This book analyses the problematique of governance and administration of cultural diversity within the modern state of Afghanistan and traces patterns of national integration. It explores state construction in twentieth-century Afghanistan and Afghan nationalism, and explains the shifts in the state’s policies and societal responses to different forms of governance of cultural diversity. The book problematizes liberalism, communitarianism, and multiculturalism as approaches to governance of diversity within the nation-state. It suggests that while the western models of multiculturalism have recognized the need to accommodate different cultures, they failed to engage with them through intercultural dialogue. It also elaborates the challenge of intra-group diversity and the problem of accommodating individual choice and freedom while recognising group rights and adoption of multiculturalism. The book develops an alternative approach through synthesising critical multiculturalism and interculturalism as a framework on a democratic and inclusive approach to governance of diversity.
A major intervention in understanding a war-torn country through an insider account, this book will be of great interest to scholars and researchers of politics and international relations, especially those concerned with multiculturalism, state-building, nationalism, and liberalism, as well as those in cultural studies, history, Afghanistan studies, South Asian studies, Middle East studies, minority studies, and to policymakers.
Table of Contents
List of Figures and Tables
Chapter 1: Introduction
Chapter 2: Cultural Diversity and the State
Chapter 3: Afghan Nationalism and its Discontents
Chapter 4: Modes of Cultural Integration and Homogenisation in Afghanistan
Chapter 5: The Problematique of Governance of Cultural Diversity
Chapter 6: Intercultural Dialogue in a Fragile Society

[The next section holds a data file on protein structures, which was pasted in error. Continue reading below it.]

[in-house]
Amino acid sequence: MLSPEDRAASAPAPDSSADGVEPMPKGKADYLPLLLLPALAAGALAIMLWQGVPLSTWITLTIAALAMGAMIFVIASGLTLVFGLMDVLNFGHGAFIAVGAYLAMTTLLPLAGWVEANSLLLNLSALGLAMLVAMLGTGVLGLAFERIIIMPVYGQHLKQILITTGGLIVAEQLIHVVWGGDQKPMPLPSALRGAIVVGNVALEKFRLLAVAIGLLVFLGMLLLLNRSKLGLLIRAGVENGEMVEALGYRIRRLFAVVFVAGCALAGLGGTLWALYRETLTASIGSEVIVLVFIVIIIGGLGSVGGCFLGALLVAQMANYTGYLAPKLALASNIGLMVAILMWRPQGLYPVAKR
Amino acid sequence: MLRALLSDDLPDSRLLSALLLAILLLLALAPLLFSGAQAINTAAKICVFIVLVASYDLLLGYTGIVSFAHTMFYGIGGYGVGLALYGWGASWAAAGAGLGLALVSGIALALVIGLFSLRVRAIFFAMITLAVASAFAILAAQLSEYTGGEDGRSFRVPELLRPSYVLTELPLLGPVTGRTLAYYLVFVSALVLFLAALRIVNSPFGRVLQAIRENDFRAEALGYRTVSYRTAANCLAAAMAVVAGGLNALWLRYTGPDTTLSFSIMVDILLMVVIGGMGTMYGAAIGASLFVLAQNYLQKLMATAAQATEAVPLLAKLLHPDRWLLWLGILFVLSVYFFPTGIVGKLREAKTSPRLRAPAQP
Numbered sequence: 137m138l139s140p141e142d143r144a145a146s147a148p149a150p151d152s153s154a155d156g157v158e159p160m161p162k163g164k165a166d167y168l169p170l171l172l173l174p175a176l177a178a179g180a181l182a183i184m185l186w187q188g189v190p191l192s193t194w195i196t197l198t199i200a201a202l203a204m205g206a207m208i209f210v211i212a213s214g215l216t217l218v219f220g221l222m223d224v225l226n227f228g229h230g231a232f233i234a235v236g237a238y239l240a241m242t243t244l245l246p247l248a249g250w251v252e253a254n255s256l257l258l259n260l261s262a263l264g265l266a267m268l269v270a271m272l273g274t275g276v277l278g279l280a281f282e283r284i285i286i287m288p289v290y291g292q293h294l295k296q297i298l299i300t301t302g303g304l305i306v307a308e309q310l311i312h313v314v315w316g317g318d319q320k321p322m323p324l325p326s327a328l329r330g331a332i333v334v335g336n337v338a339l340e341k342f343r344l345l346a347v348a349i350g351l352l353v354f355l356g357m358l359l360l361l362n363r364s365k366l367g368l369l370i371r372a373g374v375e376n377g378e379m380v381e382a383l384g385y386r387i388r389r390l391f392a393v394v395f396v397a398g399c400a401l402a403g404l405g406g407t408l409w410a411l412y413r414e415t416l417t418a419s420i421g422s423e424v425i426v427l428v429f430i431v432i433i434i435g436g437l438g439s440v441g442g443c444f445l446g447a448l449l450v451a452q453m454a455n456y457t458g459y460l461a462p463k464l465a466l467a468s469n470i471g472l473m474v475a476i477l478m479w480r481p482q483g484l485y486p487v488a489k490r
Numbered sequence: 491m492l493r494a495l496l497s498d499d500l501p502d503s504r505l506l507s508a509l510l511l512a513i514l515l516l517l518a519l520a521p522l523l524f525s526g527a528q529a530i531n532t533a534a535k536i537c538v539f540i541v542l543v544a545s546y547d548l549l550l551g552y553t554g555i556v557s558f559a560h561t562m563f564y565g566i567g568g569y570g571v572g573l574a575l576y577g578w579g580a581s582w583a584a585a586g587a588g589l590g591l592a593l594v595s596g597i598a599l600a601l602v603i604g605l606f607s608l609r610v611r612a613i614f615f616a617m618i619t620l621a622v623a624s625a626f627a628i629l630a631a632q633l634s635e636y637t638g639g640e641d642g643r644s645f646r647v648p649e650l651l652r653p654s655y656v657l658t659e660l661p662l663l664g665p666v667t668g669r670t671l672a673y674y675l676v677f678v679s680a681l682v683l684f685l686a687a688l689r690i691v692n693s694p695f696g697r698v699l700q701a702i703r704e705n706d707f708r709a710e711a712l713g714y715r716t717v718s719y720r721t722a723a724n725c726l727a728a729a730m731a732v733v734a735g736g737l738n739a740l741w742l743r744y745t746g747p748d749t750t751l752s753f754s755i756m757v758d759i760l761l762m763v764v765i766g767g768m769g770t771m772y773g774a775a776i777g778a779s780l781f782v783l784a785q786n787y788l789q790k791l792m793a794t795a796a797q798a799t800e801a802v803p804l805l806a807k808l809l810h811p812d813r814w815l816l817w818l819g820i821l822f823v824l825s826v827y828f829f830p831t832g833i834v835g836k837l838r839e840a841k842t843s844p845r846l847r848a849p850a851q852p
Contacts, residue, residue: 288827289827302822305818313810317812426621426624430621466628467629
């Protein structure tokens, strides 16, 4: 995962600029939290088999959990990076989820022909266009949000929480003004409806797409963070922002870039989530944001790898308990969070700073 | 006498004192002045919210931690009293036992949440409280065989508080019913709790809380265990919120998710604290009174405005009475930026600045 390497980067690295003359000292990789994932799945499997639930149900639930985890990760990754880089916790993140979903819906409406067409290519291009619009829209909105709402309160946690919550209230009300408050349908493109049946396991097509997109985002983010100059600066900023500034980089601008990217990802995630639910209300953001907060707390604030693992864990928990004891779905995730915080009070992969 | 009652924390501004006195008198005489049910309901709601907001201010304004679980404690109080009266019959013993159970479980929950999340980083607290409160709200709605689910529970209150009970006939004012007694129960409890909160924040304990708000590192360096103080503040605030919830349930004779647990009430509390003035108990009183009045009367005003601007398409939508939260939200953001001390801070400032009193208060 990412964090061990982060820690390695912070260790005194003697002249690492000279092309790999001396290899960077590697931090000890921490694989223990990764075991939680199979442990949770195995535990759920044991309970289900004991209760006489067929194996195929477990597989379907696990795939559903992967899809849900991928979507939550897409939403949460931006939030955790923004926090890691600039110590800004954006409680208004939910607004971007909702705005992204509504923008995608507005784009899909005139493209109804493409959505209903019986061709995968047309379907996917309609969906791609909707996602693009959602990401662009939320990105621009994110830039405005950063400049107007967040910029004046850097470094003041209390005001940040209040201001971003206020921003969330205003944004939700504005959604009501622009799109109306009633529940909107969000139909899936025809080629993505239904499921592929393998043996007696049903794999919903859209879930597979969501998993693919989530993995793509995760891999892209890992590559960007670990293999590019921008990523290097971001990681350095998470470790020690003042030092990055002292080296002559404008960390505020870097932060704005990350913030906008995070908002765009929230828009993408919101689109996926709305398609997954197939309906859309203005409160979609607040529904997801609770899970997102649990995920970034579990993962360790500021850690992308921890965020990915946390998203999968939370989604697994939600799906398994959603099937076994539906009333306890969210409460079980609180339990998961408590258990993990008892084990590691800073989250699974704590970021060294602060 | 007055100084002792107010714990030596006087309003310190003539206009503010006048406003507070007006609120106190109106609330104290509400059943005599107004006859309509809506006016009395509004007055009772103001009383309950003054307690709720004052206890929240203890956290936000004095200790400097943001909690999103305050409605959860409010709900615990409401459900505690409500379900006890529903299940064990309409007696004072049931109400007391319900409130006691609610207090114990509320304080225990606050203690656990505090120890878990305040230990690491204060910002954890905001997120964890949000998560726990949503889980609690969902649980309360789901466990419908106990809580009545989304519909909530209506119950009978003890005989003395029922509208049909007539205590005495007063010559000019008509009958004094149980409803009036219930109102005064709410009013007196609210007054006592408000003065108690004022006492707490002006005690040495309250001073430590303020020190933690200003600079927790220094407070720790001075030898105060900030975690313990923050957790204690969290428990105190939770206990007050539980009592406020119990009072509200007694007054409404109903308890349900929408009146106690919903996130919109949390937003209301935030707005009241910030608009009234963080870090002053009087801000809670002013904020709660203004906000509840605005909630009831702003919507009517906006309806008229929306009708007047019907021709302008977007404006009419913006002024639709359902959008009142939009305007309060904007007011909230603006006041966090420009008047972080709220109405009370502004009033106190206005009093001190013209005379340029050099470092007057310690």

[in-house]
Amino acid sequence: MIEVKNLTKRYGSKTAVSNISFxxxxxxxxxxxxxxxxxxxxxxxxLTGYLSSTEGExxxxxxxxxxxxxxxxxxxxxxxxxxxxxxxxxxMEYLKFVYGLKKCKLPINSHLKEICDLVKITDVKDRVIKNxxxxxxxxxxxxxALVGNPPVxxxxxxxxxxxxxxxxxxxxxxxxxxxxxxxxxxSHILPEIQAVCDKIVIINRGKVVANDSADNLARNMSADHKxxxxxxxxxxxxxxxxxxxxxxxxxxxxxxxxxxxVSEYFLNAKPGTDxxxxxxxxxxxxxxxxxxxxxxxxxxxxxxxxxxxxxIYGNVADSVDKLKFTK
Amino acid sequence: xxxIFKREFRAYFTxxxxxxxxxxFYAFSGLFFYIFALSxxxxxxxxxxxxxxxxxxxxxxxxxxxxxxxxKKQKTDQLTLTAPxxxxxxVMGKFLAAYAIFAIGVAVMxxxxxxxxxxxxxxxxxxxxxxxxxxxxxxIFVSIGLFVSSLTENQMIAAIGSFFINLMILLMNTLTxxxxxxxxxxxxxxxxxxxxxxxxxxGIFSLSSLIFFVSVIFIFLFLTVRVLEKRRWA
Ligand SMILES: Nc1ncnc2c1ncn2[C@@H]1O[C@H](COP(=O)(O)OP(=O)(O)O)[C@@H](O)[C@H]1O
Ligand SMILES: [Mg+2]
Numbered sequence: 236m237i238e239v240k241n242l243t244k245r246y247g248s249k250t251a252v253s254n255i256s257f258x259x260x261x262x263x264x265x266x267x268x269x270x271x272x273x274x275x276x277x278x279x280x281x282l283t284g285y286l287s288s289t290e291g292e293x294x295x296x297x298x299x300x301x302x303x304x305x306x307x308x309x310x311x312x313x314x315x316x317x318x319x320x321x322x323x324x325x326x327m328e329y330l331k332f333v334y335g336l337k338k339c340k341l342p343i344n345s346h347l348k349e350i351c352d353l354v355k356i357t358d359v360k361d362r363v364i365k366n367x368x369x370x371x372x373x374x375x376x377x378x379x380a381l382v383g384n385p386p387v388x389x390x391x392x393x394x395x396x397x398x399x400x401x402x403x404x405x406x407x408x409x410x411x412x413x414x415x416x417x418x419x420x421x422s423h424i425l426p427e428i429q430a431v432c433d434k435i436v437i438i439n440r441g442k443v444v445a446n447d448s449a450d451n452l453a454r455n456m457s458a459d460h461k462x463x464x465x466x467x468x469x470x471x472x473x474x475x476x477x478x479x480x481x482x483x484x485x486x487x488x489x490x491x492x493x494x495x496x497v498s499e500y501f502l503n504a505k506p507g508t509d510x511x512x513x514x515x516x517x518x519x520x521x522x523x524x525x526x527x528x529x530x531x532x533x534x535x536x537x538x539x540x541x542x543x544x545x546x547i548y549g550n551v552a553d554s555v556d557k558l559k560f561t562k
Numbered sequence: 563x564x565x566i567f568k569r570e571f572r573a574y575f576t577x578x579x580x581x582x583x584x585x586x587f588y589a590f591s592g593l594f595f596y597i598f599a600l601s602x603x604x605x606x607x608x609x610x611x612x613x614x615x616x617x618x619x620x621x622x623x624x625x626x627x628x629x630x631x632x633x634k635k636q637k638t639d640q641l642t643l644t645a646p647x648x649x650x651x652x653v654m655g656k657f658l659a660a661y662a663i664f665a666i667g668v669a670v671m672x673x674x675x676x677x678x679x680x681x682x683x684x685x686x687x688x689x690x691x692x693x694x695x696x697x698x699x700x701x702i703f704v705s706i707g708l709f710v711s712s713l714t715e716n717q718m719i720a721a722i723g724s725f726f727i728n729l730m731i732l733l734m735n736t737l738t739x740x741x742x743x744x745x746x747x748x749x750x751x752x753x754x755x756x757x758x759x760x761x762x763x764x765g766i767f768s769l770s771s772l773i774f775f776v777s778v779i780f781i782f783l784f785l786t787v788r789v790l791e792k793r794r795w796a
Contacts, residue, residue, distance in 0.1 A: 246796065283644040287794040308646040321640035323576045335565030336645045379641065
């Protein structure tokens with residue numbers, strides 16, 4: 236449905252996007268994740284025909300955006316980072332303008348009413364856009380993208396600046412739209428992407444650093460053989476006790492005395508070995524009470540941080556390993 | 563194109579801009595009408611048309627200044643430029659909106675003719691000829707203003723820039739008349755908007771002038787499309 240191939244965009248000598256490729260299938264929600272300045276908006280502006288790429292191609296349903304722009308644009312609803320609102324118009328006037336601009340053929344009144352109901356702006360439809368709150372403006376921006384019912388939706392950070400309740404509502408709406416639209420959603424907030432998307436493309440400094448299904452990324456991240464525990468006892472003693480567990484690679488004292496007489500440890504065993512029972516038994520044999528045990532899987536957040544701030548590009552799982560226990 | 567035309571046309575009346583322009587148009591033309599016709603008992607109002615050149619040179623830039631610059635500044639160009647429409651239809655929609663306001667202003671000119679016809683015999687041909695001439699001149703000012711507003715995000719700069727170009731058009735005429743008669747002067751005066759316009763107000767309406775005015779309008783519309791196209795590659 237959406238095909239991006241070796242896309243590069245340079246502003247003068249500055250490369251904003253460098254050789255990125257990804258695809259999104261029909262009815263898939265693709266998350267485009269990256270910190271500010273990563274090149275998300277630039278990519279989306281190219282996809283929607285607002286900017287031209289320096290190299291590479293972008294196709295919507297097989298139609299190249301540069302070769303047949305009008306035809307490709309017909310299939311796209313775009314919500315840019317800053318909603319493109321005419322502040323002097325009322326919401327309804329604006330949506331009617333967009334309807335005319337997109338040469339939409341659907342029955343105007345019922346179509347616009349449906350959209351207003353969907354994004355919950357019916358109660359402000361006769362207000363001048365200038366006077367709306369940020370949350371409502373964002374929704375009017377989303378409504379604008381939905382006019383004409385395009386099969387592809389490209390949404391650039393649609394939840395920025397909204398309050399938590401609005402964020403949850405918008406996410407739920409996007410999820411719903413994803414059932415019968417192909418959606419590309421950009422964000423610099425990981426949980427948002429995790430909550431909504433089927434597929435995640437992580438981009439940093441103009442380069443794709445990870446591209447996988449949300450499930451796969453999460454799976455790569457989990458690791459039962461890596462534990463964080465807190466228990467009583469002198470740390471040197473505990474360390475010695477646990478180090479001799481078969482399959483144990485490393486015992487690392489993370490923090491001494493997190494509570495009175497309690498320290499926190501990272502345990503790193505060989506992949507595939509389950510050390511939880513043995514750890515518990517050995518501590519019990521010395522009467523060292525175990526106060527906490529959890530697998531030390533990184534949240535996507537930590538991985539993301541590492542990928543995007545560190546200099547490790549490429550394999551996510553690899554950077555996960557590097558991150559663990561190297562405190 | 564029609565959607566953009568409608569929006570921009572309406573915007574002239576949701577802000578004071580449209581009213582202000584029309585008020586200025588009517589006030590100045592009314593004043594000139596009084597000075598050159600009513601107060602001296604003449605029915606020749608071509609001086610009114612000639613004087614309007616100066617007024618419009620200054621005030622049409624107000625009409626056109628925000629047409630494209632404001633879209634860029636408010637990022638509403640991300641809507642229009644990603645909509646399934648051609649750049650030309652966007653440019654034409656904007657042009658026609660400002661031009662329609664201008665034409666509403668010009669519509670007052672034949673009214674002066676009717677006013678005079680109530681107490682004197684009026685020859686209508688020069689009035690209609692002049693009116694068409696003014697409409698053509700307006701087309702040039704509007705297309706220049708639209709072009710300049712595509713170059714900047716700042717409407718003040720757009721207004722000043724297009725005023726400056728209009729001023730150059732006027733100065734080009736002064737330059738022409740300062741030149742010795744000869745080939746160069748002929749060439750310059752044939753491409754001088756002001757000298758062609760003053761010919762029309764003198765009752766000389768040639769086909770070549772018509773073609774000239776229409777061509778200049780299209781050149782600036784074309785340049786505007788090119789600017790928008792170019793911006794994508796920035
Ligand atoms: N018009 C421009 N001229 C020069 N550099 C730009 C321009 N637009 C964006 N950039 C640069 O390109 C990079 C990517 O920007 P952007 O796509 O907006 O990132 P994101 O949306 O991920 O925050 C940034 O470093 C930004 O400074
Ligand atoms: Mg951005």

Chapter 7: Role of External Actors in Afghanistan (1992–2014)
Chapter 8: Conclusion
Omar Sadr is Assistant Professor at American University of Afghanistan (AUAF), Kabul, Afghanistan. Previously, he worked at the Afghan Institute for Strategic Studies (AISS) and National Centre for Policy Research (NCPR), Kabul University. His primary research interests are in the intersection of culture and politics. He earned a doctorate from South Asian University, New Delhi, India. His recent publications include "Political Settlement of Afghanistan Conflict" (2019); "The Fallacy of Afghanistan’s Peace Process: A People’s Perspectives" (2018); "Mahmud Tarzi: Intellectual and Reformist," in Dev N. Pathak and Sanjeev Kumar H.M. (eds), Modern South Asian Thinkers (2018); "Afghanistan: The Vulnerabilities of Minorities," in Sajjad Hassan (ed.), South Asia State of Minorities Report 2016: Mapping the Terrain (2016); and "Rethinking Stability for Afghanistan: Socializing Great Powers in a Multilateral Order," in Rajen Harshe and Dhananjay Tripathi (eds), Afghanistan Post-2014: Power Configurations and Evaluating Trajectories (2015).
‘Omar Sadr attempts a well-founded analysis of the identity politics in Afghanistan. His central argument — that for democracy to be a successful project, it must be grounded in the representation of cultural diversity — is pertinent to contemporary Afghanistan. Sadr’s contribution to the discourse on multiculturalism addresses a crucial gap in the literature on Afghanistan, making it significant for its academic worth and its relevance to policy.’
Jayashree Vivekanandan, Department of International Relations, South Asian University, New Delhi, India
‘Drawing on contemporary normative literature, both from political theory and international relations, Omar Sadr makes a compelling case for preserving cultural diversity in Afghanistan. This work is laudable and well-timed, considering a growing perception that multiculturalism is on the wane globally. I am sure Sadr’s work will immensely profit scholars across disciplines and especially those keen to learn from a transnational mapping of multicultural theory and practice beyond the intellectual comfort zone of Western constructs.’
Ashok Acharya, Professor, Department of Political Science, University of Delhi, India